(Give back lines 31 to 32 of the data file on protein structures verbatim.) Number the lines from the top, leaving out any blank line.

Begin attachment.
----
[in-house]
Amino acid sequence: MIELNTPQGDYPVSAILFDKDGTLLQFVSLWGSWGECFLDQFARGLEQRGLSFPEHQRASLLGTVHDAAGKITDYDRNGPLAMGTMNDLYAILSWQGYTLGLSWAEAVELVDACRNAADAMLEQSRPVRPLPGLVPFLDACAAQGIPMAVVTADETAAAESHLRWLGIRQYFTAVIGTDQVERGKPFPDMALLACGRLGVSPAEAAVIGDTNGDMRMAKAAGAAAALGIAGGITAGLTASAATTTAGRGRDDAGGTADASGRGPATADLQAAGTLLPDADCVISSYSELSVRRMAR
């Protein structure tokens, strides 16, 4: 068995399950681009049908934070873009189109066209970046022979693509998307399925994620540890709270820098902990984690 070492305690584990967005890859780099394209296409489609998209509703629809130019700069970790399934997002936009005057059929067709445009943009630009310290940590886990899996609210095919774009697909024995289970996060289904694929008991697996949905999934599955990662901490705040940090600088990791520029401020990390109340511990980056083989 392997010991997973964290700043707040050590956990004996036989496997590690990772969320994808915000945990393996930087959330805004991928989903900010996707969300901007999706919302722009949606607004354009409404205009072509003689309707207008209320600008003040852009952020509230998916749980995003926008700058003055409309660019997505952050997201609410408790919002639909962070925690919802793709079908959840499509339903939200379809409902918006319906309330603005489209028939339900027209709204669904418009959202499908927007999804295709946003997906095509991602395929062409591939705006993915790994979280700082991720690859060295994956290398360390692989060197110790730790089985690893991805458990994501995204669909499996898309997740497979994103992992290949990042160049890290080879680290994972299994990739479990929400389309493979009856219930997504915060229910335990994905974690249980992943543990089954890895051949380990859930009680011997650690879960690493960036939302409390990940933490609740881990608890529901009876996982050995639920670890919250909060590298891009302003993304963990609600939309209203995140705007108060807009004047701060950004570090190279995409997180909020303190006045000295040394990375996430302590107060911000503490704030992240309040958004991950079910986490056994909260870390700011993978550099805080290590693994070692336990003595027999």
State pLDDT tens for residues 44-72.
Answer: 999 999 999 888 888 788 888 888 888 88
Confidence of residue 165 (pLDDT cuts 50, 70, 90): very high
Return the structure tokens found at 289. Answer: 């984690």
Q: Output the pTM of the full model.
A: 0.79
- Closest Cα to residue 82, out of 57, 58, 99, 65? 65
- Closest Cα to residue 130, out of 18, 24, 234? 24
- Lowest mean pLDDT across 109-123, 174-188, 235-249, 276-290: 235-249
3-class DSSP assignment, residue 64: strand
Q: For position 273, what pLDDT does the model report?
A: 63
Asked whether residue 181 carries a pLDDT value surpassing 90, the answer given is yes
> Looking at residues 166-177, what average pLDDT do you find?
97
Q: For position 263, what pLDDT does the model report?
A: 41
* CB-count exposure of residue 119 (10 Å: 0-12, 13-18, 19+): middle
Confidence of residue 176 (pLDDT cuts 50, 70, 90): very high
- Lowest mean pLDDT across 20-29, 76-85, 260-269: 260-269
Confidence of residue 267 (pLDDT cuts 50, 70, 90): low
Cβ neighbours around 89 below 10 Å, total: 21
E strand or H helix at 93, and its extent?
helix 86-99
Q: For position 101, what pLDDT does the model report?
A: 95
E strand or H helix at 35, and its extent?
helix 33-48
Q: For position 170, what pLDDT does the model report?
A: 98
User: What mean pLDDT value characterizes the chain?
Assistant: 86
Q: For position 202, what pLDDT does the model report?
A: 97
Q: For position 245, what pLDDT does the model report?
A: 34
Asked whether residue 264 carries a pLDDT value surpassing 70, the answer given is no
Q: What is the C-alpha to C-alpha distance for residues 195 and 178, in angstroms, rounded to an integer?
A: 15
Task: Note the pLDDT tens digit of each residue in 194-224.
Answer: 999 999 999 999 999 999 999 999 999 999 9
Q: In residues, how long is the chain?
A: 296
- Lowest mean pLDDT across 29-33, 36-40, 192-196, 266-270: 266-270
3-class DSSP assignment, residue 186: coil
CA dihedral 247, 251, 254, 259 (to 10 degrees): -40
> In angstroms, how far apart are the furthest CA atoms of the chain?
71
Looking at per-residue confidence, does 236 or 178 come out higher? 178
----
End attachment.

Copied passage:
helix 33-48
Q: For position 170, what pLDDT does the model report?